8. You do not need an attorney to complete the Durable Power of Attorney – Health Care, but consulting an attorney is recommended if you have any questions concerning the legal effect of signing a Durable Power of Attorney – Health Care.

  9. You will need two adults and a notary public to sign the document and witness your signature.

  10. You should keep a copy of the document and give a copy to your doctor, your named health care surrogate and your alternative health care surrogate.

 

Leadership & Volunteer Opportunities

It does not matter how effective we may be at providing pastoral care if we do not also have volunteers helping with such things as promoting and organizing events, managing supplies, and most importantly, praying both inside and outside of our parishes.  Every person must have the opportunity to share his or her unique gifts, limited only by the guidance of the Holy Spirit! 

Below are the current volunteer opportunities for the Compassio program. ​


Leadership & Planning

  • Create or join a Respect Life Committee in your parish or local faith organization

  • Research current and upcoming local, state, and national legislation for end-of-life issues and communicate with interested members of our diocese.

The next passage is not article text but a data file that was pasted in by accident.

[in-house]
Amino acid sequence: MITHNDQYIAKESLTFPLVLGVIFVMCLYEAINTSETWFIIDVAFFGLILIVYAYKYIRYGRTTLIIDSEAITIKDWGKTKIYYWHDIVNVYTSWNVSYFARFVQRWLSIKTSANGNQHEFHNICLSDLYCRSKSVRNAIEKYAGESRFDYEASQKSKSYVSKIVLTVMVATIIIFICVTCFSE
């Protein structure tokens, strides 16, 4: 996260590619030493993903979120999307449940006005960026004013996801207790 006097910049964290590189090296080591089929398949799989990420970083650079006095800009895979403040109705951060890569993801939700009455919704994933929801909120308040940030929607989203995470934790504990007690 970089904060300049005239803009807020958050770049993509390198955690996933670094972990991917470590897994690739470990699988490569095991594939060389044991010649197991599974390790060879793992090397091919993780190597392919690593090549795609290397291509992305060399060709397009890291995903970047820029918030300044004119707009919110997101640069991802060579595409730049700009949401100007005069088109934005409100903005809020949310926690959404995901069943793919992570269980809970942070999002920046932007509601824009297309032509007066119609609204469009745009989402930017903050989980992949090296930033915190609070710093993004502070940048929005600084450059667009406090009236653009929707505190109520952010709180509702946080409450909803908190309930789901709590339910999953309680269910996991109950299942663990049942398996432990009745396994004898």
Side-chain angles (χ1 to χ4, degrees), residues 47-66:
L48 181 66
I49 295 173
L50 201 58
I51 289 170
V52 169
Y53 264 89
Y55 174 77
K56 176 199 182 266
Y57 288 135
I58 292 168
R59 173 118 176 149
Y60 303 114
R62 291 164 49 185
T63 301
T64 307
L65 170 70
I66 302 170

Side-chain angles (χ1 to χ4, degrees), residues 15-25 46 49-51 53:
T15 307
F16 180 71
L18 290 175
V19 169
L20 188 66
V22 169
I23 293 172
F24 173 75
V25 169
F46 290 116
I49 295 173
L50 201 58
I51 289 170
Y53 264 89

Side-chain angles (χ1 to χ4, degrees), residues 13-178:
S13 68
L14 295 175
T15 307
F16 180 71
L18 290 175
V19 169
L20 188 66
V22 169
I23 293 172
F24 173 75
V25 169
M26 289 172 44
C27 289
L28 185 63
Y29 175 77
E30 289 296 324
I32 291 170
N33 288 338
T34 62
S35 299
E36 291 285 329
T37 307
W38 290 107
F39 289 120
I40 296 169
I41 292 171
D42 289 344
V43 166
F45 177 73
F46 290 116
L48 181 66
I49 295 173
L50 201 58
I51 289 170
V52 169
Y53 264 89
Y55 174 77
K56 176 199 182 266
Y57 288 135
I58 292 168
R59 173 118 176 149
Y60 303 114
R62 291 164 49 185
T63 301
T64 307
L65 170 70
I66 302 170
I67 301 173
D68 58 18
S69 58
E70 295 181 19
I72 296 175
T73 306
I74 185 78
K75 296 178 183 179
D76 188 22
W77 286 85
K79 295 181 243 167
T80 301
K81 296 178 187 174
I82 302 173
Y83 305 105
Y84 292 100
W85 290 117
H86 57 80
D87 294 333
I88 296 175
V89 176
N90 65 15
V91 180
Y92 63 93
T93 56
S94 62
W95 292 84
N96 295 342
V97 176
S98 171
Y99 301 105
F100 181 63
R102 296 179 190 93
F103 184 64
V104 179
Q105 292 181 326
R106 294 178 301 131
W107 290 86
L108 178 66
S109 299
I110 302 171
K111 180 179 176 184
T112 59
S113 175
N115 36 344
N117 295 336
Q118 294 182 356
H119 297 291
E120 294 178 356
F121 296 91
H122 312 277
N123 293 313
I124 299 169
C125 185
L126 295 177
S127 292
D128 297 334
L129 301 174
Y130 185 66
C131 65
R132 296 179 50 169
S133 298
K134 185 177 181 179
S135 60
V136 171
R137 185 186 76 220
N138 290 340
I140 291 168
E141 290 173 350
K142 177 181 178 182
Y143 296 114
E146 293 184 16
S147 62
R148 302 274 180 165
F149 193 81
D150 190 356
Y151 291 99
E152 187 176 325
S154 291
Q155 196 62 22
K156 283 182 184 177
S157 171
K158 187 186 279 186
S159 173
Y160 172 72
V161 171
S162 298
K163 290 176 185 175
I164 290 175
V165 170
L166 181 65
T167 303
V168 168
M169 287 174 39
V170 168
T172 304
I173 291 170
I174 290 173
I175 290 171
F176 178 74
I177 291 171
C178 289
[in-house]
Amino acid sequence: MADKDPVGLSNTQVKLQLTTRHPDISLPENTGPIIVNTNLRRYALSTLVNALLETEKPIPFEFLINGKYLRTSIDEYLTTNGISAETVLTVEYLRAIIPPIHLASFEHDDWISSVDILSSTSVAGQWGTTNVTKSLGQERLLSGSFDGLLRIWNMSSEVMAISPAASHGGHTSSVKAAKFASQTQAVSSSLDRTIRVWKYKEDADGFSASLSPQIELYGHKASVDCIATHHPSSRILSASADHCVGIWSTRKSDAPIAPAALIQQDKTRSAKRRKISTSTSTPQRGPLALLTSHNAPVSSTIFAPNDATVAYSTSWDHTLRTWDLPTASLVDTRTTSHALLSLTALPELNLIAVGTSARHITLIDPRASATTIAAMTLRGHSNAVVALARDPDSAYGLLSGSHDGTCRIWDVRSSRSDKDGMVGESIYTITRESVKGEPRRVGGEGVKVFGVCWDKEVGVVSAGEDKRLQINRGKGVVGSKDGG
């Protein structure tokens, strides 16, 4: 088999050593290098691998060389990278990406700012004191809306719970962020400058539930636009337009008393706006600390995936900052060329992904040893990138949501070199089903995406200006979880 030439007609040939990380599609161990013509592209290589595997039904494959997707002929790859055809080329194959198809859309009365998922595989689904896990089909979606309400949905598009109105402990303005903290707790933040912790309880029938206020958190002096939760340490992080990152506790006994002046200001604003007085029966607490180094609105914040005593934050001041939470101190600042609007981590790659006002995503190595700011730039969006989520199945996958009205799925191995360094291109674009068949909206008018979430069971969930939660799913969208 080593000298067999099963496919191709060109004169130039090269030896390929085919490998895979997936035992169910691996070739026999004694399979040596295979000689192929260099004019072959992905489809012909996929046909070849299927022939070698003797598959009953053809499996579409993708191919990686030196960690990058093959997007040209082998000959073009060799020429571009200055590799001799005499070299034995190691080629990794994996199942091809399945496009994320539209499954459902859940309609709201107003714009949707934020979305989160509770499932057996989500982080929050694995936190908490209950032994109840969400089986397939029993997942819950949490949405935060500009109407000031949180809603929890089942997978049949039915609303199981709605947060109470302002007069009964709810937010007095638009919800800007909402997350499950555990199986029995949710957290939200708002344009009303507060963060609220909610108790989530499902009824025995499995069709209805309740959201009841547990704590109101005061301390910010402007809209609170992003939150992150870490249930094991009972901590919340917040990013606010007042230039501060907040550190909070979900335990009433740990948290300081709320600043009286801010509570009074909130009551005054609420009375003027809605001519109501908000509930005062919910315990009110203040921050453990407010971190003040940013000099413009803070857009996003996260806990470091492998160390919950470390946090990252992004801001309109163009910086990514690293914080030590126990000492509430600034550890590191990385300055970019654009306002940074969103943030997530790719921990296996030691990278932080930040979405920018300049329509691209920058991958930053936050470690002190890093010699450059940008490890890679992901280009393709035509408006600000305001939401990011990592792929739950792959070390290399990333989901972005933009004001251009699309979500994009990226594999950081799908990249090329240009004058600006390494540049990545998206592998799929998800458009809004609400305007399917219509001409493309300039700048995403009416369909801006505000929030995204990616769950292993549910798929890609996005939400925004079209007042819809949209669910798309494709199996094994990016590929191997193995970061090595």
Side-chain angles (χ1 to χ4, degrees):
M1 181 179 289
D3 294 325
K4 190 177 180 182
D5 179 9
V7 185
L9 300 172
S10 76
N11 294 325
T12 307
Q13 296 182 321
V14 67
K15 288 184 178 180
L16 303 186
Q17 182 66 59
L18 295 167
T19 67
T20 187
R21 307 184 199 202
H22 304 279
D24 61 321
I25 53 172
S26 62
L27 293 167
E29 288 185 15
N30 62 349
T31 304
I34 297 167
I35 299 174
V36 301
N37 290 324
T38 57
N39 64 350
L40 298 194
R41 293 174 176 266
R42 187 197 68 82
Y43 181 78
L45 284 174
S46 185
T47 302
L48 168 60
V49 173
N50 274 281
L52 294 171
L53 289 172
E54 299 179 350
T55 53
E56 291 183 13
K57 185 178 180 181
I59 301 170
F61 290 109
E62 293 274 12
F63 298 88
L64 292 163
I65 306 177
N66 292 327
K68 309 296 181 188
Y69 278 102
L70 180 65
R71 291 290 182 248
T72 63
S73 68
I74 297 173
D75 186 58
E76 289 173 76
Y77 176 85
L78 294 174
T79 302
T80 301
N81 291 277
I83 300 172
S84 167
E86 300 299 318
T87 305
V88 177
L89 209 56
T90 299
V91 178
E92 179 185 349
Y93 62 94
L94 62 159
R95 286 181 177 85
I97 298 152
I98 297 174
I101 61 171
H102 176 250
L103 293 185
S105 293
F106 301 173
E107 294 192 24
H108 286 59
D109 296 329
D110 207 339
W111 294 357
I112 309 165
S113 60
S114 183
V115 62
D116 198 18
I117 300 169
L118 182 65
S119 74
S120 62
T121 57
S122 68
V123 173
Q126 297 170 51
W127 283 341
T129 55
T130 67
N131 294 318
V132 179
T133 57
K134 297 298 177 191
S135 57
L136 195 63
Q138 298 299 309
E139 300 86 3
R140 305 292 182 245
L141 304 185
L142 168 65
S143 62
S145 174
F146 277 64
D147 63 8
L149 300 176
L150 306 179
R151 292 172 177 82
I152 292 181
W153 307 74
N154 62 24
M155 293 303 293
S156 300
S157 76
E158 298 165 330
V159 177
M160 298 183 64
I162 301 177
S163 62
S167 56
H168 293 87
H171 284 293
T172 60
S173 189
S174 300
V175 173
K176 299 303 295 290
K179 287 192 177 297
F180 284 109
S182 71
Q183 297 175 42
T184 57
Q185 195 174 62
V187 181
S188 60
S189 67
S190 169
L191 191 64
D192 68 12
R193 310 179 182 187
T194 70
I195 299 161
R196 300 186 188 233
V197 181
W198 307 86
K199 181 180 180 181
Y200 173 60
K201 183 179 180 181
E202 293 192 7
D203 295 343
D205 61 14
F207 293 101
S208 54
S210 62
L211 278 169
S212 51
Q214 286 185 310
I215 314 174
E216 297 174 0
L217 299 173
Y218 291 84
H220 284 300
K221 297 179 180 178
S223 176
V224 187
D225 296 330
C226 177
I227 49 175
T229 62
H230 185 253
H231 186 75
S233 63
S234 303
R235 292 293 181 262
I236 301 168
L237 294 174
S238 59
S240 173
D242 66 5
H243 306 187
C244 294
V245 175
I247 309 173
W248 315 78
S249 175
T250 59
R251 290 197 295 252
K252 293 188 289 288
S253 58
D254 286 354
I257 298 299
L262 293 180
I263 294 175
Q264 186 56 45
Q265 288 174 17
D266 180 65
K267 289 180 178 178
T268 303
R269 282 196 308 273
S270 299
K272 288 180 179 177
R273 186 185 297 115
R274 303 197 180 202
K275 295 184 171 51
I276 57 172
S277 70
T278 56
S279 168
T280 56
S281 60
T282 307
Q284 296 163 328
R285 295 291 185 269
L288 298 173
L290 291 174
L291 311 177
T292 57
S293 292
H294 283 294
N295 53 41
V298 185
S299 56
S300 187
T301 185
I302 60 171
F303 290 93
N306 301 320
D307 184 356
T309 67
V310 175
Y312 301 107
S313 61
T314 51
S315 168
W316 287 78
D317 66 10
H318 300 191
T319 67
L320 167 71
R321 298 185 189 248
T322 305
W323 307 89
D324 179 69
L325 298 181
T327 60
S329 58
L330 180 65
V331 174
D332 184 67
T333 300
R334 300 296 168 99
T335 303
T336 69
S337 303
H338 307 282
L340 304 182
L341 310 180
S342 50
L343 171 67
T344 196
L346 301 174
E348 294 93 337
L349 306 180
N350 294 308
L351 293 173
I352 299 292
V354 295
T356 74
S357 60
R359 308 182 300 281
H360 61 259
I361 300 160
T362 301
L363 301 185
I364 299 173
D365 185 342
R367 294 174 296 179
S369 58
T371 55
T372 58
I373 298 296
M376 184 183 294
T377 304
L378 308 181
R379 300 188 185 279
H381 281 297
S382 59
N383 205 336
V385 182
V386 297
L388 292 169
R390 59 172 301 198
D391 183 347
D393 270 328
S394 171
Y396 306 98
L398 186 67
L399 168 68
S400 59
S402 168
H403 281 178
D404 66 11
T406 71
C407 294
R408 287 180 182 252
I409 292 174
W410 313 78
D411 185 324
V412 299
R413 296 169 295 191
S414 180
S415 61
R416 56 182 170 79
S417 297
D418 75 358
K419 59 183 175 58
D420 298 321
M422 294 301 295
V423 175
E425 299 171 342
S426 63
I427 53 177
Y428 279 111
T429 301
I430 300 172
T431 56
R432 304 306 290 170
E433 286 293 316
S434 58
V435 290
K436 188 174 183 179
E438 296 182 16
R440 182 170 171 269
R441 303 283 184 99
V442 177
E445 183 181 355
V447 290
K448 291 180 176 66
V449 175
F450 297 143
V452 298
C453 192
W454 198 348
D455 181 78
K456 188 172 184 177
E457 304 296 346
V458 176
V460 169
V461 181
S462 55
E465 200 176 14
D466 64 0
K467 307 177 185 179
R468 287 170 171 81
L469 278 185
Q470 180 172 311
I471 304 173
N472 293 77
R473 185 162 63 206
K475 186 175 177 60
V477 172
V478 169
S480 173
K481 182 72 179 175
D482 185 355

• Assist with planning and organizing local activities to support the ComPassio program


Pastoral Care

  • Facilitate parish, school and group presentations on one or more end-of-life topics

  • Assist with development of additional presentations on end-of-life topics

  • Serve as diocesan resource for questions from groups on the Church's teaching on end-of-life issues

  • Assist with distribution of DPOA-HC documents and other program materials to parishes and to individuals as needed


Fundraising & Promotion

  • Assist parishes with creating flyers for scheduled parish presentations

  • Assist the Life & Justice Office with development of promotional materials (e.g. brochures, flyers, posters, etc.) for the ComPassio program


Prayer & Worship

  • Start or join a parish prayer group.  Pastoral care leaders will periodically email or text updates and requests for prayers to parish prayer group leader(s).  These communications can then be sent to individual parish email/text list or shared at regularly-scheduled parish prayer group meetings.  

To learn more about these opportunities, or to sign-up today, please contact the Life & Justice Office.
 

Please prayerfully consider making a donation to the ComPassio ministry.  This will be used for items such as books and resources, prayer cards, rosaries and crucifixes, as well as training and travel for team members.  You may donate online or by sending a check made payable to:

          Diocese of Kansas City – St. Joseph
          Life & Justice Office
          20 West Ninth Street
          Kansas City, MO  64105

Please note “ComPassio” on the memo line of your check.  Thank you!